CHICAGO
05/16/2010 05:12 am ET | Updated May 25, 2011

Pat Quinn On 'Chicago Tonight': Defends Tax Hike, Asks Legislators To Act (VIDEO)

From the moment Governor Pat Quinn's interview started on Monday's "Chicago Tonight," he knew it wasn't going to be easy.

"Governor Quinn, welcome back to 'Chicago Tonight' ", said host Phil Ponce. "Very glad to be here," said the governor. "The firing line."

Indeed, Ponce and his colleague Carol Marin dogged Quinn for a full 20 minutes, especially on the topic of his recently-announced budget. The governor's plan includes a $1.3 billion cut in education funding, which he himself says he strongly opposes. It could be replaced by what he repeatedly described as a "1 percent surcharge for education" -- by which he means an increase in the income tax rate from 3 percent to 4 percent.

Some critics say that Quinn is playing political brinksmanship with the education budget, using the threat of massive and unpopular cuts to generate support for a tax increase. Marin echoed these concerns, telling the governor, "They're saying, a), Quinn picked education because it's an emotional stalking-horse."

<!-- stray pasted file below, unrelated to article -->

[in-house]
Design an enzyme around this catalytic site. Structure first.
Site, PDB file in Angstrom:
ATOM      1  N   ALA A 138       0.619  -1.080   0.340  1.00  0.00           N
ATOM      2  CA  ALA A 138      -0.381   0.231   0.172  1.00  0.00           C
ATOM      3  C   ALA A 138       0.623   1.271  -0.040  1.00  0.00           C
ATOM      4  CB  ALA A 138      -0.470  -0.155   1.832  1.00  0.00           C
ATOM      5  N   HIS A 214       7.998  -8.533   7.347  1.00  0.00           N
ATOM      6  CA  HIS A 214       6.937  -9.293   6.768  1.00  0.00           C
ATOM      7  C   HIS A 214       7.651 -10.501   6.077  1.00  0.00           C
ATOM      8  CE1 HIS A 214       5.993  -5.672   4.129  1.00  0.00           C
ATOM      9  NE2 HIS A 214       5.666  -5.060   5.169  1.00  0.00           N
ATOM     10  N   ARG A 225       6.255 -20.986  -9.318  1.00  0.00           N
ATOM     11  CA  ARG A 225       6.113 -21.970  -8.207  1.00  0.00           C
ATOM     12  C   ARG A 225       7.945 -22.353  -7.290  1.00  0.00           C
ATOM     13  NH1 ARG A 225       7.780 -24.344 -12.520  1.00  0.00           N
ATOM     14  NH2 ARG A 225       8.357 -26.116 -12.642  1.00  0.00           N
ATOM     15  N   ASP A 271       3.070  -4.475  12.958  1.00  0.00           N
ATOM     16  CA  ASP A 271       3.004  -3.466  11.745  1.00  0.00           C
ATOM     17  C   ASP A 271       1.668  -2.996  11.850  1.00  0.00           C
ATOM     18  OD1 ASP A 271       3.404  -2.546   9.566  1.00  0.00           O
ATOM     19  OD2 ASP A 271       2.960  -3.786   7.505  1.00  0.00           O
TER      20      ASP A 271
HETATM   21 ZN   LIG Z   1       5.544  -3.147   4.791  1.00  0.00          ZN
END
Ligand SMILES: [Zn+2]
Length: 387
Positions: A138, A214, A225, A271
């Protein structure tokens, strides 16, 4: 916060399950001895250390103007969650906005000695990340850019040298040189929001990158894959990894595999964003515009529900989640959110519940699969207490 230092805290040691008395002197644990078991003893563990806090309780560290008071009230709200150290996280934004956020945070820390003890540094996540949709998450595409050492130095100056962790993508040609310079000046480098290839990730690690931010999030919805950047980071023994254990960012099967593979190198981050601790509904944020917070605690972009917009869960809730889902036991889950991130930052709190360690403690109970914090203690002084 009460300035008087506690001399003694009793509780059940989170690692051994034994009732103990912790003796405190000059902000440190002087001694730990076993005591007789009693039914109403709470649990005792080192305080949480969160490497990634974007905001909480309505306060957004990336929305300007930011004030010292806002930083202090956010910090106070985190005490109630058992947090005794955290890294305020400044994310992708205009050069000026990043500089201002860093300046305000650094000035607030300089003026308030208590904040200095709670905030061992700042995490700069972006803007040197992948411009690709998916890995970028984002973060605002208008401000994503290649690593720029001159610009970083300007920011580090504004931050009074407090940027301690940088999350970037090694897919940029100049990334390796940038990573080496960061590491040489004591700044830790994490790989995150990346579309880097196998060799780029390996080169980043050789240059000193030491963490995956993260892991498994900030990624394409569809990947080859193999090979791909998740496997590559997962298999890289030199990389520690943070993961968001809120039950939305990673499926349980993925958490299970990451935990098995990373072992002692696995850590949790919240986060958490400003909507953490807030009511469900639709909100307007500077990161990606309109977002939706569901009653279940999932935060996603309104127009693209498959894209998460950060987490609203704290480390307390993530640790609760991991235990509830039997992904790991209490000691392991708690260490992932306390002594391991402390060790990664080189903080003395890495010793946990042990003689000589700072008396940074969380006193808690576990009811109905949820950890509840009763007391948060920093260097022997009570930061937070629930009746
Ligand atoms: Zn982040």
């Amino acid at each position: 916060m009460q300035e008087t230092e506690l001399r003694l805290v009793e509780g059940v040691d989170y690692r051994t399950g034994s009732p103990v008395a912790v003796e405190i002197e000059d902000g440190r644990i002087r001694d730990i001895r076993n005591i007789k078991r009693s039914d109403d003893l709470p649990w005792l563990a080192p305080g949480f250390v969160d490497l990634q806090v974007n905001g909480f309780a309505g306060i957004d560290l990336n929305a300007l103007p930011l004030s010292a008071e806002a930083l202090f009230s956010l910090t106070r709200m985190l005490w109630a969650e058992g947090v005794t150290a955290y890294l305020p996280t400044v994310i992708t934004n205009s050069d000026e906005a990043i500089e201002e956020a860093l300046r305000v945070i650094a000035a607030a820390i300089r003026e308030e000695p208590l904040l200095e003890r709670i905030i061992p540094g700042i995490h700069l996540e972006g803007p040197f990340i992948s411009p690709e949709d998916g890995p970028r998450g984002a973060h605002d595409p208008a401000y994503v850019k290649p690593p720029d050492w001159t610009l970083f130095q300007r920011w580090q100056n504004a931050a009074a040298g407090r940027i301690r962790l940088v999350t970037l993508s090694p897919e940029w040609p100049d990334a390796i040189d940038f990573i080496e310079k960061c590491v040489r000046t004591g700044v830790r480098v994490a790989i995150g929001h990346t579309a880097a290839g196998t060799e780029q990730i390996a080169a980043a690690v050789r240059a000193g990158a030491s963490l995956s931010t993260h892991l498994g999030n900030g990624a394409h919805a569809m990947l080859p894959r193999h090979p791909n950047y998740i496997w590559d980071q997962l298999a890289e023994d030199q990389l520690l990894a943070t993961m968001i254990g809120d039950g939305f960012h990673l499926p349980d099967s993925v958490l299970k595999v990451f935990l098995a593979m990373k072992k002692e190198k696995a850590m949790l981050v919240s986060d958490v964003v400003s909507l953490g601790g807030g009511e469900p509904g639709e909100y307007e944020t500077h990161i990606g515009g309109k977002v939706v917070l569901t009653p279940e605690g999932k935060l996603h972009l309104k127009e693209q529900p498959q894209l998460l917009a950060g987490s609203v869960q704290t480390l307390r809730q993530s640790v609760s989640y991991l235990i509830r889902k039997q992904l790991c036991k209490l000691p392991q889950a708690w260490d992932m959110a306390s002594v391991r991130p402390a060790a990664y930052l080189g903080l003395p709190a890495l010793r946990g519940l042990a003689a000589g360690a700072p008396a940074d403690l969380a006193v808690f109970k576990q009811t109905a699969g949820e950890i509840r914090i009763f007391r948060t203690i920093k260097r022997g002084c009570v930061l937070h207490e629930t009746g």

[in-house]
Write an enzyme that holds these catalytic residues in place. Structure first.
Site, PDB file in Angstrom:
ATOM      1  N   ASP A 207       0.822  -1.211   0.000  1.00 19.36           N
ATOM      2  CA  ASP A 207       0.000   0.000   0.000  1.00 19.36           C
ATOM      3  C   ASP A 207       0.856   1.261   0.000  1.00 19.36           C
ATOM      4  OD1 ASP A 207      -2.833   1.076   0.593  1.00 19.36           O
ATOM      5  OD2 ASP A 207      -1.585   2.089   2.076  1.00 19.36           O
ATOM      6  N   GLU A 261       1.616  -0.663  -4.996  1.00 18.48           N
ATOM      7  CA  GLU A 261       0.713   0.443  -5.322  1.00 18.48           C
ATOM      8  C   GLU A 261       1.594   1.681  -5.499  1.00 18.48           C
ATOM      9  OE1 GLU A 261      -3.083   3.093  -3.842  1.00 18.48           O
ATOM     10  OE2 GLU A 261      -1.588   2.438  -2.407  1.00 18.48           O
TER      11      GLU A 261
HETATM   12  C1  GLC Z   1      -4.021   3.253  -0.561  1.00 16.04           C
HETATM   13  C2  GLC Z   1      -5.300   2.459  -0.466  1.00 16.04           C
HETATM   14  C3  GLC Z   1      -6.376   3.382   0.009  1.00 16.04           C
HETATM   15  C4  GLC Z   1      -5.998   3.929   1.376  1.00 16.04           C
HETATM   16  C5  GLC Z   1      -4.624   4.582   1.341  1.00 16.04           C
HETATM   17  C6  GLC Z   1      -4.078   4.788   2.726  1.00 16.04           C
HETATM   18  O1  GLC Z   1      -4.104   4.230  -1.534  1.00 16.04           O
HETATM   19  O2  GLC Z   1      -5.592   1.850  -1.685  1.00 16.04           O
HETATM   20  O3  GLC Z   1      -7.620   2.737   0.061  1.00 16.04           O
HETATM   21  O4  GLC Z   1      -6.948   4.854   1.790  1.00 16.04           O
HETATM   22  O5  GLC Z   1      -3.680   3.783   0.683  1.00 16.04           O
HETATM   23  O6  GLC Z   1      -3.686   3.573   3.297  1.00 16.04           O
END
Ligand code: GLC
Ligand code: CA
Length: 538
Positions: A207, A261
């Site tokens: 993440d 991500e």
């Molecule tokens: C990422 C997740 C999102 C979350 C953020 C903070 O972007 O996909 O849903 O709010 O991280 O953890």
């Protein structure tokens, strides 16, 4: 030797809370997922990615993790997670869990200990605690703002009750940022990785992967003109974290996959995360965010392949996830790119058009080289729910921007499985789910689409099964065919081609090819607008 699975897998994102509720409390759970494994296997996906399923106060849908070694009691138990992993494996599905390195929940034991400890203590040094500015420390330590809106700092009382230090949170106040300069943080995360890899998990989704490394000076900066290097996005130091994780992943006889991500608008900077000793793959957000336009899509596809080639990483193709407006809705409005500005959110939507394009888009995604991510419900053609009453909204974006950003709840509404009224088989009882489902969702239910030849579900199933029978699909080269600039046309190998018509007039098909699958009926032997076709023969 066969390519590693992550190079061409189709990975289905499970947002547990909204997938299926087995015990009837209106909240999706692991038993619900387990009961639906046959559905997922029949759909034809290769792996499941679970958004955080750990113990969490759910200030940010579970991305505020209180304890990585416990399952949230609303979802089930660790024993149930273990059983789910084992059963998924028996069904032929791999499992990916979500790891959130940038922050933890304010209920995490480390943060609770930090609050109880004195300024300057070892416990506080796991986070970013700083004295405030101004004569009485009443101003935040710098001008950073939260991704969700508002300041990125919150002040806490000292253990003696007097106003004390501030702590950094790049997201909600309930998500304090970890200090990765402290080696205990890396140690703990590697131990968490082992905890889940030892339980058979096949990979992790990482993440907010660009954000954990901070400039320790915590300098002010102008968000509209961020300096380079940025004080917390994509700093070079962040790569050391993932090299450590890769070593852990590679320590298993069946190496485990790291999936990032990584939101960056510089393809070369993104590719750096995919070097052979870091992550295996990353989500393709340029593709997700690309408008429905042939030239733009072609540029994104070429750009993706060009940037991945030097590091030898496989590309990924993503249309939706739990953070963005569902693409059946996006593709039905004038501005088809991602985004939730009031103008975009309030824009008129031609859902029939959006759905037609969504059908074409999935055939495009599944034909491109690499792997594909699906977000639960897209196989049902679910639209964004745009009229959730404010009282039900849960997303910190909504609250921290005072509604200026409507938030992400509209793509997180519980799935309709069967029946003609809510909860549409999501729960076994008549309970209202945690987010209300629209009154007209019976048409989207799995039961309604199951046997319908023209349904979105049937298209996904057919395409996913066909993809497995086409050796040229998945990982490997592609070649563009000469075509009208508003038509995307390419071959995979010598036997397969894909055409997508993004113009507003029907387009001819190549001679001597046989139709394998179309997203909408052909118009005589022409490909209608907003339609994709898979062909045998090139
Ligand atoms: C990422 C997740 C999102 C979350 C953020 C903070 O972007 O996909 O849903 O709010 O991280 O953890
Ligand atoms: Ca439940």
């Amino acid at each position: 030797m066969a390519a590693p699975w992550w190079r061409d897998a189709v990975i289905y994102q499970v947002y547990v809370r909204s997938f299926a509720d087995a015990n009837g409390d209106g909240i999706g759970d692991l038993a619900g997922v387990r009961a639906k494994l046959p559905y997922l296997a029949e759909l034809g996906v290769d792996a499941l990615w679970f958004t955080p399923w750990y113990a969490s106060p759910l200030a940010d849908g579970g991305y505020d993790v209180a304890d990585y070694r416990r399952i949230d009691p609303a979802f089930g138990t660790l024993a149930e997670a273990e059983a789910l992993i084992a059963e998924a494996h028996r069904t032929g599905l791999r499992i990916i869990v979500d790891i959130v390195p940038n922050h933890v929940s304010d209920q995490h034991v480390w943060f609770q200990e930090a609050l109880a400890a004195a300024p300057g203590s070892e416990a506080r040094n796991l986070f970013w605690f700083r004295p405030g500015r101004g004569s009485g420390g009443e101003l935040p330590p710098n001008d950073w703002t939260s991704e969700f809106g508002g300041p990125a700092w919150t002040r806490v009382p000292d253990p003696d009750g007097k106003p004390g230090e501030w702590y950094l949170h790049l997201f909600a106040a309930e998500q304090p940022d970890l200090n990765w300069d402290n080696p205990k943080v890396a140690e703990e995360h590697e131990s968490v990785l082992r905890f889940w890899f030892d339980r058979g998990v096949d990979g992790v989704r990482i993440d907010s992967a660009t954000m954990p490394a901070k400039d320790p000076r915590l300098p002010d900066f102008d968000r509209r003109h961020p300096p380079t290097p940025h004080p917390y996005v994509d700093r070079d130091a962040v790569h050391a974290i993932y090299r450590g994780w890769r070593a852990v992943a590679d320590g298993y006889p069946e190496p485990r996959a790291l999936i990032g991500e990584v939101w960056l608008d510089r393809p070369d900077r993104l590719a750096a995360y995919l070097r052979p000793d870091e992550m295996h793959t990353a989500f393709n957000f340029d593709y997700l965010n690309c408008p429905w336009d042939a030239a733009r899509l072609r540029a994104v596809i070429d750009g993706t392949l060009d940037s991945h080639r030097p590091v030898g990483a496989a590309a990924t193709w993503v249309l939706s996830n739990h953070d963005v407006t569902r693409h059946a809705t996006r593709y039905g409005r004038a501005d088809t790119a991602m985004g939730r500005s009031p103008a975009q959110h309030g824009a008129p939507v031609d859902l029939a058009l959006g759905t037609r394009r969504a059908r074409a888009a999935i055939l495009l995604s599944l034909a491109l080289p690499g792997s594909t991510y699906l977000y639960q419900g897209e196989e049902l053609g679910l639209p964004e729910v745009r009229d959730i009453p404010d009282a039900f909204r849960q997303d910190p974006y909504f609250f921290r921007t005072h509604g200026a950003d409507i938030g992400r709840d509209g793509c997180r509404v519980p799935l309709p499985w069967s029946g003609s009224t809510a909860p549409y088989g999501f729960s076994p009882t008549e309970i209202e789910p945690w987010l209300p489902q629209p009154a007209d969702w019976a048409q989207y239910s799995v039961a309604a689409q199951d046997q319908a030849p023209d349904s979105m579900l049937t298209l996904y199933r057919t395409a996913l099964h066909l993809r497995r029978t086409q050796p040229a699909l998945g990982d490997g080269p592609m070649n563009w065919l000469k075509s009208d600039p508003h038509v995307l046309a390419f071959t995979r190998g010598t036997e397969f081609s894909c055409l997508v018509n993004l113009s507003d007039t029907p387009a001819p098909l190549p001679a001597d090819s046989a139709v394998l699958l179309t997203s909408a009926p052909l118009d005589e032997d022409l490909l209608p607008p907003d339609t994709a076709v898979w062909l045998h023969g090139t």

Ponce was more direct, saying, "The $1.3 billion (in cuts) you're proposing -- no one believes you, Governor."

The interviewers also argued that there wasn't enough legislative support for the tax increase.

"The legislative leaders -- (Senate President John) Cullerton, (House Speaker Michael) Madigan, (Senate Minority Leader Christine) Radogno and (House Minority Leader Tom) Cross the Republicans -- they all say 'no' to this," Marin said.

Quinn's curtly replied, "Well, they're wrong."

Quinn used the interview as another opportunity to frame the budget debate his way. He said he had made a sensible proposal with the tax increase, and if the legislature would not pass it, the massive education cuts that followed would be its fault, not his.

"If the tax plan doesn't happen," asked Ponce, "What is your 'Plan B'?"

"The Plan B is the legislators have to deal with the cuts in education," Quinn said. "If they don't want to vote for a reasonable revenue package -- 1 percent surcharge for education, that's very reasonable, I think, given our crisis."

But, as Ponce and Marin kept insisting, there isn't much legislative support the "surcharge." After Quinn announced the package, Speaker Madigan applauded the governor's courage, but said the people of Illinois "don't want to hear about tax increases."

Certainly, no one wants to talk about them in an election year. But the budget crisis may be leaving Quinn and the state legislature little alternative.

Watch the "Chicago Tonight" interview: